Gravitational waves are tiny, invisible ripples in space. They travel for huge distances at the speed of light. The waves squeeze and stretch any objects they pass, but only by a tiny amount. The strongest waves come from events like supernovae, merging neutron stars, and colliding black holes.
Albert Einstein used maths to predict the existence of gravitational waves in 1916. He showed how violent events between massive objects would cause ripples to travel in all directions through the fabric of space-time. You can think of gravitational waves as like the ripples you see in water when something disturbs the surface. The idea of space-time combines the Universe and time together in 3 dimensions.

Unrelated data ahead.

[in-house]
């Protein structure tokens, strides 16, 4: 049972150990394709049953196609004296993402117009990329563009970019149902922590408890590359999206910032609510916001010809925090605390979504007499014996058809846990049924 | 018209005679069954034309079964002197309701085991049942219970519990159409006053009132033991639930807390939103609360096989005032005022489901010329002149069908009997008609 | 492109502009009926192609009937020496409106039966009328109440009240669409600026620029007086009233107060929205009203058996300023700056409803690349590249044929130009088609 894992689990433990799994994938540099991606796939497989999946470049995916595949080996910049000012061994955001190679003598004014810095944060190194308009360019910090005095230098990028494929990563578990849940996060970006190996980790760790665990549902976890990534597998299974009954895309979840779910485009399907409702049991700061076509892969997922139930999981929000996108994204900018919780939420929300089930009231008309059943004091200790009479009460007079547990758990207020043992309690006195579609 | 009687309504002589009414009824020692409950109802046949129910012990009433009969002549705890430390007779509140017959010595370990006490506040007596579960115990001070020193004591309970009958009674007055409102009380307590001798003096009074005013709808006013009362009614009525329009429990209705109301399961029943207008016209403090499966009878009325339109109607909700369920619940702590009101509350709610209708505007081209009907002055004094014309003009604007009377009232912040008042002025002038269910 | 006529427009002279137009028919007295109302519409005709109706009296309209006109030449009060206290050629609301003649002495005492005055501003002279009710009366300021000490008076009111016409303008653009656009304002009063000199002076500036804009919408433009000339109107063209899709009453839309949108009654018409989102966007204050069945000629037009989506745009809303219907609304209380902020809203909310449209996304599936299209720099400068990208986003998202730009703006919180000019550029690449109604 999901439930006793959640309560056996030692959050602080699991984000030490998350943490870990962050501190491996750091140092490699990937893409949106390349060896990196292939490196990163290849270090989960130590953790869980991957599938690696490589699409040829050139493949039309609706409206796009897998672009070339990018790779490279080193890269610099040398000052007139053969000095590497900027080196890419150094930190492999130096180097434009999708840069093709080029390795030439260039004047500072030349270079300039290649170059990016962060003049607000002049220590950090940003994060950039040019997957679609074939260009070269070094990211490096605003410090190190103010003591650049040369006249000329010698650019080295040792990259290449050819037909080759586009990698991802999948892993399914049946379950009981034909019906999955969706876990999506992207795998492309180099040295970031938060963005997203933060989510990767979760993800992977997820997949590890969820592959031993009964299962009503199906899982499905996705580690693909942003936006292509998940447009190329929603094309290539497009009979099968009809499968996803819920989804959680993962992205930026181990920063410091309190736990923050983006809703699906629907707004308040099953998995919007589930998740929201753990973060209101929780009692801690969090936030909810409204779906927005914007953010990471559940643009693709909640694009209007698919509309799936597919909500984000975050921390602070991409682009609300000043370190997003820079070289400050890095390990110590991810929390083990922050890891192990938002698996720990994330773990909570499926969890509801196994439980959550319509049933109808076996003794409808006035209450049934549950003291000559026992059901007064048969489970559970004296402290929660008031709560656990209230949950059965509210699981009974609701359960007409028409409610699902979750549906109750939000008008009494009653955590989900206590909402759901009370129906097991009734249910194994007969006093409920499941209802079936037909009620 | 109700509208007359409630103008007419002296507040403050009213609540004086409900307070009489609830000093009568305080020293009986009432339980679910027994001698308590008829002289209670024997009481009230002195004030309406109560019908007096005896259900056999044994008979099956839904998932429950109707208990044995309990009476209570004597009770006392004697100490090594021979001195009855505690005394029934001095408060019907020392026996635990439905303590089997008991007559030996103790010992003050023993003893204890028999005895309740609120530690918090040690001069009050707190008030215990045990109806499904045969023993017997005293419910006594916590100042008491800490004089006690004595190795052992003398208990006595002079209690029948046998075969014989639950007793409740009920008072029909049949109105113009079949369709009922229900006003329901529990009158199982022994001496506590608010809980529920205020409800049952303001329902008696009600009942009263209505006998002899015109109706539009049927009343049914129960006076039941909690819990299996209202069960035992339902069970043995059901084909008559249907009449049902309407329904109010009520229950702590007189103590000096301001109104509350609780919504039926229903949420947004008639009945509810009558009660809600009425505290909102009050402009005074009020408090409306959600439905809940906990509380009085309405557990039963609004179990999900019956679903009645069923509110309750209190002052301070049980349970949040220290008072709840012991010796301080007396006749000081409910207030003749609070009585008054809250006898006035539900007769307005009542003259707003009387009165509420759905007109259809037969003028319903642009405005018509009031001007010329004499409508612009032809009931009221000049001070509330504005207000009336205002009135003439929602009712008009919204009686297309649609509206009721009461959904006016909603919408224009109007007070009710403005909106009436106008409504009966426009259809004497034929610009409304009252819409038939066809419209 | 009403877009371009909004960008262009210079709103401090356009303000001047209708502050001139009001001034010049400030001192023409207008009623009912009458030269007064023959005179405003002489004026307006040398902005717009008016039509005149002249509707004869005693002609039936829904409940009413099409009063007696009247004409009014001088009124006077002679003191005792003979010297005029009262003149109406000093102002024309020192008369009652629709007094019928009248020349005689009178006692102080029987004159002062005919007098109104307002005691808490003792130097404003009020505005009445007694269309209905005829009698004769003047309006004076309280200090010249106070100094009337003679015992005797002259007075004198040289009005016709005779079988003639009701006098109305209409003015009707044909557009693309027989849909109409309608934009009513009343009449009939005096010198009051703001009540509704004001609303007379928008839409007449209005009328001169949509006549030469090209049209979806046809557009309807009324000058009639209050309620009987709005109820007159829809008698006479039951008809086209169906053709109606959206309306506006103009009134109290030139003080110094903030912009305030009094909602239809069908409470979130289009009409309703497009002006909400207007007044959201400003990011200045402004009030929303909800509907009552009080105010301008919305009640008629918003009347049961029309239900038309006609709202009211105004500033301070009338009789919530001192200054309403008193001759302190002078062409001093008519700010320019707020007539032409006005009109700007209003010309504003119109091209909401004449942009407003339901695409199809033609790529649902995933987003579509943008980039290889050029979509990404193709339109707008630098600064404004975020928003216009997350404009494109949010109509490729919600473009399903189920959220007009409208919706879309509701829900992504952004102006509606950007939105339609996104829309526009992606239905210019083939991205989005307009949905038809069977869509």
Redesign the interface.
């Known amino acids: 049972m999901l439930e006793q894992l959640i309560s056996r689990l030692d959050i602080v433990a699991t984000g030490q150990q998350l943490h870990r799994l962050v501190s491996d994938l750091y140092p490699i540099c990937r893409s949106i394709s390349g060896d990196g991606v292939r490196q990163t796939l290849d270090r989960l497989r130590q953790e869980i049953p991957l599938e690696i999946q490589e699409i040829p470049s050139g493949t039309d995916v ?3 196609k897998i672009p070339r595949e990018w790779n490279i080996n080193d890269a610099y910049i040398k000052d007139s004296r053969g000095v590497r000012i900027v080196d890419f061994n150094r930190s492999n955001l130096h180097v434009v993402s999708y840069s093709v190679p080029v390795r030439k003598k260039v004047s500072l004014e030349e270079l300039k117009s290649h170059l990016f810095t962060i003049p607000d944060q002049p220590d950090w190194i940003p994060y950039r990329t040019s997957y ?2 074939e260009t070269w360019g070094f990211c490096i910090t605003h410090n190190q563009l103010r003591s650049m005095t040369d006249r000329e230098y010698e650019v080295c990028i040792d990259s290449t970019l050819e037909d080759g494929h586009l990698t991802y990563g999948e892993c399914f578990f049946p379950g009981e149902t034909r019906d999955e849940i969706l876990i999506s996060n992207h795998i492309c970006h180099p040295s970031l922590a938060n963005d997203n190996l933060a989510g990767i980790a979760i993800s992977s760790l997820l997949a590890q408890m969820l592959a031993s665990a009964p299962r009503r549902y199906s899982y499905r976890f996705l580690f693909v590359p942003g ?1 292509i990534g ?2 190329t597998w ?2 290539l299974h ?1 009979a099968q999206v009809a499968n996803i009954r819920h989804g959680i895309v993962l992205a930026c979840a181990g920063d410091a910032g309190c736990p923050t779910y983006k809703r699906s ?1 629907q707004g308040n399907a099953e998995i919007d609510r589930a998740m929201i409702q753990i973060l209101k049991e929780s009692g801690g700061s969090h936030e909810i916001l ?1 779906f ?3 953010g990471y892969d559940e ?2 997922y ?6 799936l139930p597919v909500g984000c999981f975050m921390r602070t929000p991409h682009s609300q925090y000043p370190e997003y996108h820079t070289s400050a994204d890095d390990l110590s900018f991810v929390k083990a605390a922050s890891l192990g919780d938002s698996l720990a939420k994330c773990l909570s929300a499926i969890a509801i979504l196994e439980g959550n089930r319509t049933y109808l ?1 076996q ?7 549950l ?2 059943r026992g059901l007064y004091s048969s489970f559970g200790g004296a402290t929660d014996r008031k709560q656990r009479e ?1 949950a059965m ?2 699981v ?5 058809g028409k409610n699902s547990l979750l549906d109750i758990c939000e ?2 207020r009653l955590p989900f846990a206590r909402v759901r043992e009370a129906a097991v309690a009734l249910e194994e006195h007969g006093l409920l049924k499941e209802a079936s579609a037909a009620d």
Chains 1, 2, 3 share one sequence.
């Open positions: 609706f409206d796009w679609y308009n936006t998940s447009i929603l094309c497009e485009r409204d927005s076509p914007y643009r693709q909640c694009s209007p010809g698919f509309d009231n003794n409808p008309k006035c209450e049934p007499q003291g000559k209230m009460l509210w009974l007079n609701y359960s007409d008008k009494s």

On 14th September 2015, scientists announced they had the first evidence for gravitational waves. This was nearly 100 years after Einstein published his work. The waves came from two black holes merging. Scientists think these black holes were about 29 and 36 times the mass of the Sun. They also worked out that the event took place over 1.3 billion years ago. This means the waves travelled through space for 1,300 million years before they got to Earth.
It took so long to find gravitational waves because they are very weak. This makes them very hard to detect. To find them, scientists use laser interferometers like LIGO. This lets them measure tiny changes to the distance between two detectors, made as the wave passes through. A laser beam shines from one detector to the other. As a wave passes through the detector, it squeezes and stretches the space. As it squeezes the space, the space gets a bit smaller. As it stretches the space, the space gets a bit bigger. LIGO is so sensitive, it can measure a change which is 10,000 times smaller than an atomic nucleus!